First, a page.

Warren Buffett, one of the wealthiest men in the world and one of the U.S.‘s most successful investors, has a must-read guest column in the New York Times this morning which takes America’s political leadership to task for not asking the nation’s wealthiest families to pay their fair share in membership dues to our country.
It is one of the best op-ed pieces I’ve ever read. We at NPI can’t thank Mr. Buffett enough for taking such a responsible, courageous stand in favor of protecting our federal common wealth. The opening alone is just beautiful:
Our leaders have asked for “shared sacrifice.” But when they did the asking, they spared me. I checked with my mega-rich friends to learn what pain they were expecting. They, too, were left untouched.
Buffett pulls no punches as he goes on:
While the poor and middle class fight for us in Afghanistan, and while most Americans struggle to make ends meet, we mega-rich continue to get our extraordinary tax breaks. Some of us are investment managers who earn billions from our daily labors but are allowed to classify our income as “carried interest,” thereby getting a bargain 15 percent tax rate. Others own stock index futures for 10 minutes and have 60 percent of their gain taxed at 15 percent, as if they’d been long-term investors.
What’s really striking about this op-ed is how much care was put into highlighting the absurdity that is our broken tax system. Buffett’s piece resonates because it combines a story — his story — with key numbers that reinforce the point he’s trying to make. He does not write in a language that only an account or a lawyer would understand. His words are plain and authoritative. At the same time, throughout his piece, he displays an appreciation for the intellect of his audience.
His message to Congress and President Obama is simple: Start looking out for our common wealth and the common good, not about the well-being of America’s most well-off. Insist that our nation’s most fortunate give back so that our nation has a future. Remind the people of the United States that it is patriotic to be a taxpayer.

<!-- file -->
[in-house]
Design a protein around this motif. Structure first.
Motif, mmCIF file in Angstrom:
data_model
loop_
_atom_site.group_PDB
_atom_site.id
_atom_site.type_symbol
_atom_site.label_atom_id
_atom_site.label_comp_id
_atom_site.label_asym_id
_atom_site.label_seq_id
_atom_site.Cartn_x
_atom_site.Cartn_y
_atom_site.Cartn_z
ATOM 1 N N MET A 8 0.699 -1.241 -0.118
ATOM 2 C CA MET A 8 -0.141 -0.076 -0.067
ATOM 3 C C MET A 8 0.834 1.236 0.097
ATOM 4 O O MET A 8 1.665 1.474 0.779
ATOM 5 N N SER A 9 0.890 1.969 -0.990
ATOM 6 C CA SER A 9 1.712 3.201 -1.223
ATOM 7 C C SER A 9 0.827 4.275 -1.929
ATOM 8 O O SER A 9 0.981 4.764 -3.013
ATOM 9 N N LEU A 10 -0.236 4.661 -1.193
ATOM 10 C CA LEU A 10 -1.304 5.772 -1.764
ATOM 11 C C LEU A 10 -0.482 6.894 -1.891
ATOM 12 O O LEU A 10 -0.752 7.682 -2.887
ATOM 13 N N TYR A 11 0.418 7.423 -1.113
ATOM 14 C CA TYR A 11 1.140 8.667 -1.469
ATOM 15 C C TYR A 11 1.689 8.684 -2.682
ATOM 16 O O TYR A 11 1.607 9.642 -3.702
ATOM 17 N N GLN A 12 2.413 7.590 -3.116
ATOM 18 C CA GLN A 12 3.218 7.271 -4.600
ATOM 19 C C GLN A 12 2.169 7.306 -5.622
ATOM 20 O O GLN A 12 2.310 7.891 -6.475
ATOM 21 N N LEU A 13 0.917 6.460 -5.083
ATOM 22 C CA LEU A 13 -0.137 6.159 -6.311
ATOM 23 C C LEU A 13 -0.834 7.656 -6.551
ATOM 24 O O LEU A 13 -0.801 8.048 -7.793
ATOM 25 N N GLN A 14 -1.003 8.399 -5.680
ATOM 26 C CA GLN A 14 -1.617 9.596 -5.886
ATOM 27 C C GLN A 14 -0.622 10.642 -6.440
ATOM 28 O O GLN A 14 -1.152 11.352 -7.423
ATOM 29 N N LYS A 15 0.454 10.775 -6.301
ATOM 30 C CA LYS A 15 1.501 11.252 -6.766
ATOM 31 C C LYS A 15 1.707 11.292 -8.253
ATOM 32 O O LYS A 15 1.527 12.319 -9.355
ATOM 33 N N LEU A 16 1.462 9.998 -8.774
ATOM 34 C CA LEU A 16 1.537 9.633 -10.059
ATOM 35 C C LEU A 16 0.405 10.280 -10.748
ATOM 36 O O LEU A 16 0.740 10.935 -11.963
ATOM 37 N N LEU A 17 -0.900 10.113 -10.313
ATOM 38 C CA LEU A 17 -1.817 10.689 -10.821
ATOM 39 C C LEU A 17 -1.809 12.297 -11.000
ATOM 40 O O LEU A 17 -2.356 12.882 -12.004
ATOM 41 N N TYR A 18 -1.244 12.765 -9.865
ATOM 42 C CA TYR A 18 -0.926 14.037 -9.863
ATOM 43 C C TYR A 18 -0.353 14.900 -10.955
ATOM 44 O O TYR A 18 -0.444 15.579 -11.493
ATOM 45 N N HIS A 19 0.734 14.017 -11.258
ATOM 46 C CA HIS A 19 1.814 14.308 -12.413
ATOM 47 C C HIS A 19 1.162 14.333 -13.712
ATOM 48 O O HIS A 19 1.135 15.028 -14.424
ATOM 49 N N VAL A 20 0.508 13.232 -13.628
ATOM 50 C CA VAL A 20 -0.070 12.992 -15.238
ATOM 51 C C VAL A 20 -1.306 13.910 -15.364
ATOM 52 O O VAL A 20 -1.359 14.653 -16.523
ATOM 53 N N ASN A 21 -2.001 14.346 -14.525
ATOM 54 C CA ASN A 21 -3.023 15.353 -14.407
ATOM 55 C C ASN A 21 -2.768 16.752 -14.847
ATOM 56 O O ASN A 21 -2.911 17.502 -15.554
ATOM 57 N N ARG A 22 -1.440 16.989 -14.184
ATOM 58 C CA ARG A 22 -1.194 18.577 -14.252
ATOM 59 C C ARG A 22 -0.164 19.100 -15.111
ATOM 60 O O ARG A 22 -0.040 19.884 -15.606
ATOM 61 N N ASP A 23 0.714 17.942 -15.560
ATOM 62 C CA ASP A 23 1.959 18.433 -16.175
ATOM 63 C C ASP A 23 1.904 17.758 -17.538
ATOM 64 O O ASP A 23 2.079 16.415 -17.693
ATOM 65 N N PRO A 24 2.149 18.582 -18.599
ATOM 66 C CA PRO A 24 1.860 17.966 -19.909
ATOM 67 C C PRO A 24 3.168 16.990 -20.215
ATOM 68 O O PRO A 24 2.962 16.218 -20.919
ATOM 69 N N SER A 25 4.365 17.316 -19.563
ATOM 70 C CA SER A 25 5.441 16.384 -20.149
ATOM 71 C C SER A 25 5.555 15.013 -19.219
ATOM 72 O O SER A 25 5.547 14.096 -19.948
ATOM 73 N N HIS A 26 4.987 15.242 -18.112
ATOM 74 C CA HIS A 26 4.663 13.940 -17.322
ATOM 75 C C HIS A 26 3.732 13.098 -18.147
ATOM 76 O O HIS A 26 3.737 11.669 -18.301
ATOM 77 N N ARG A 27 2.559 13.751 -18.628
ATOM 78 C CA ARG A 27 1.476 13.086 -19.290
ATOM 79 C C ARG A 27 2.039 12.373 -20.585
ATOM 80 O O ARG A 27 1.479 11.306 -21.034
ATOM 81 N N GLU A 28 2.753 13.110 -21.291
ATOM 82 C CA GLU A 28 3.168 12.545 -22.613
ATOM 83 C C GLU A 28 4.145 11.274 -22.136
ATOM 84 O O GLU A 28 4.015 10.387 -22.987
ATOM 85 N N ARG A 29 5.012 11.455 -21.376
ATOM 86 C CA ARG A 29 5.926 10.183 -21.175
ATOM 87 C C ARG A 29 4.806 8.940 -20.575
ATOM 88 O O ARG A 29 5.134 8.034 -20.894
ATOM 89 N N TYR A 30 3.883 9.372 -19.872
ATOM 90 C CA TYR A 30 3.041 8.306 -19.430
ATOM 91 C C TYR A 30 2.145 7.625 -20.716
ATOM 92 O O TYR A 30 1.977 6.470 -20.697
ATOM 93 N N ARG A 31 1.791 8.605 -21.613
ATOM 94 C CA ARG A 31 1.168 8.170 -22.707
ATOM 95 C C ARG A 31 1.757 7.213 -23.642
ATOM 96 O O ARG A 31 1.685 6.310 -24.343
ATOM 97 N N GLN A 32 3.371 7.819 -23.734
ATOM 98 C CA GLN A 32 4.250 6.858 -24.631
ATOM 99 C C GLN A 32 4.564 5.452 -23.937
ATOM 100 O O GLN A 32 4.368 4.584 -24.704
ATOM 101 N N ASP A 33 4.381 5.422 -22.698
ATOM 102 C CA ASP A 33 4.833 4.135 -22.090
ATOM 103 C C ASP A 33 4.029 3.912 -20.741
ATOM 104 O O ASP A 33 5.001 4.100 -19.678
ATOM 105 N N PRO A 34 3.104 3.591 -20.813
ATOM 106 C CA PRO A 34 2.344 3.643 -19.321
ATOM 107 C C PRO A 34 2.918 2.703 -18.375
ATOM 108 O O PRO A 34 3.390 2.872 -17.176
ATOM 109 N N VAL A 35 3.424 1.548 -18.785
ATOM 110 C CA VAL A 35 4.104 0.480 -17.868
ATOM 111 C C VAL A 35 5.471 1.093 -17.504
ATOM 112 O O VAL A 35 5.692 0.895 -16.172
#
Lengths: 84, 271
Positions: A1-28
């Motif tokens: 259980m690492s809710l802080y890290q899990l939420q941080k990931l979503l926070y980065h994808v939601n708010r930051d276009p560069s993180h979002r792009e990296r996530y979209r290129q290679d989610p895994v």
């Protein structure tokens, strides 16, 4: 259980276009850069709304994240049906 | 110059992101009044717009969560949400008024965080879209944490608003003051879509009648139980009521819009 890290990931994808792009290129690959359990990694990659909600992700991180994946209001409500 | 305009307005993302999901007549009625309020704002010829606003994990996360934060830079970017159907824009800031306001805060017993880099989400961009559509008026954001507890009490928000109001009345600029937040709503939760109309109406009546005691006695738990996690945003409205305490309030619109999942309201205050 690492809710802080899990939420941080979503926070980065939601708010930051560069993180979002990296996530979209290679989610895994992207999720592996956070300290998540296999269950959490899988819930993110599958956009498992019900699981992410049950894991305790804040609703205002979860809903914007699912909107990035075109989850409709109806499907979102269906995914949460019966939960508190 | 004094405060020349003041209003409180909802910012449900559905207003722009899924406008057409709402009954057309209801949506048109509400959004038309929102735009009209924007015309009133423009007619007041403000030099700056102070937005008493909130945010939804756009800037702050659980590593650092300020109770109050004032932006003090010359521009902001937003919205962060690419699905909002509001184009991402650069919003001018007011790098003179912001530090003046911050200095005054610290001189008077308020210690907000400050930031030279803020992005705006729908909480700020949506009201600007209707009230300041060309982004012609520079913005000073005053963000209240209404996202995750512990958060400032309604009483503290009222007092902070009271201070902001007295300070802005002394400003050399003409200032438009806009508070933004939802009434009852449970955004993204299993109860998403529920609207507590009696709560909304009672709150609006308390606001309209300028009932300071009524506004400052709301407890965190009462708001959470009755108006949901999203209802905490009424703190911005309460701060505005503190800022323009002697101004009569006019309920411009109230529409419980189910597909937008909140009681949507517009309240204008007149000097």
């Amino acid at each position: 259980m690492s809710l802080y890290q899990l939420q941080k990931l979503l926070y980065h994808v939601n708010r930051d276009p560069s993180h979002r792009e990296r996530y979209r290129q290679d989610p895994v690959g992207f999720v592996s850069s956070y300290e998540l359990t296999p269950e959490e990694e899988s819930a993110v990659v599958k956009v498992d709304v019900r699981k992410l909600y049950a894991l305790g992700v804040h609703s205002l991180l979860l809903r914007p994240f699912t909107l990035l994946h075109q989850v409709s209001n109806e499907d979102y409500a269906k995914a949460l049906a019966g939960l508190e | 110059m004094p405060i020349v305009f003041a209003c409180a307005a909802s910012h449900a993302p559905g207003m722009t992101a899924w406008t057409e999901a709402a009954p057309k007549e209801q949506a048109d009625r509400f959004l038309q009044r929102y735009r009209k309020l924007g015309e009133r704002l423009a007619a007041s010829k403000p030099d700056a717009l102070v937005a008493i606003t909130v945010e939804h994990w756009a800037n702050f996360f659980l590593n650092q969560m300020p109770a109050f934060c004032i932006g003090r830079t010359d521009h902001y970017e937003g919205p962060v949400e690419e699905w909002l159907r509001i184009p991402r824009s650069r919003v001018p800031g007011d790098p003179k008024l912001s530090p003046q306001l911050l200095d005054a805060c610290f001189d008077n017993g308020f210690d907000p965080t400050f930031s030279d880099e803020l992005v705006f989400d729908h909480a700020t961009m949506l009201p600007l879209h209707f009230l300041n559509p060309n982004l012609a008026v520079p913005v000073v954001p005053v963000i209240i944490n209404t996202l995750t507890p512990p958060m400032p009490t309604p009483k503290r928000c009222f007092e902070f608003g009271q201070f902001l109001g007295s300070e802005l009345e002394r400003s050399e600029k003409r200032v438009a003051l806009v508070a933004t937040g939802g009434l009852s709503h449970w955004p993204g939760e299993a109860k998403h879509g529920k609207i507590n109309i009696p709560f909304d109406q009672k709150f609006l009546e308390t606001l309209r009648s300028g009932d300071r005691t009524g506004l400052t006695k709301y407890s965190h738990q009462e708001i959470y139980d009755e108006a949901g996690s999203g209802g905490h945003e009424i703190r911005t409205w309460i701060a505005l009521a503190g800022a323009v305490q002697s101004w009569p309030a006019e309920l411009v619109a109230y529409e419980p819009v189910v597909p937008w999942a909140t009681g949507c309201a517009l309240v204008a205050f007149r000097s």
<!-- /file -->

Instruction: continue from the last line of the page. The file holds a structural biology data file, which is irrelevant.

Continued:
As he brings his piece to a close, Buffett calls on the “super committee” set up in the legislation that increased the debt ceiling to look at raising revenue. He suggests:
I would leave rates for 99.7 percent of taxpayers unchanged and continue the current 2‑percentage-point reduction in the employee contribution to the payroll tax. This cut helps the poor and the middle class, who need every break they can get.
But for those making more than $1 million — there were 236,883 such households in 2009 — I would raise rates immediately on taxable income in excess of $1 million, including, of course, dividends and capital gains. And for those who make $10 million or more — there were 8,274 in 2009 — I would suggest an additional increase in rate.
Congress should heed Warren Buffett’s advice.
For too long, lawmakers have bought into the right wing’s economic liberty myth, which is predicated on “trickle-down” economics. This myth posits that if we cut taxes on the wealthy, the wealthy will create more jobs. In reality, the only people who benefit when Congress coddles the super-rich are the super-rich.
There has never been a better time to restore sense and fairness to our tax code. We at NPI join Warren Buffett in renewing our call for our elected leaders to end costly and unnecessary tax giveaways to millionaires and billionaires.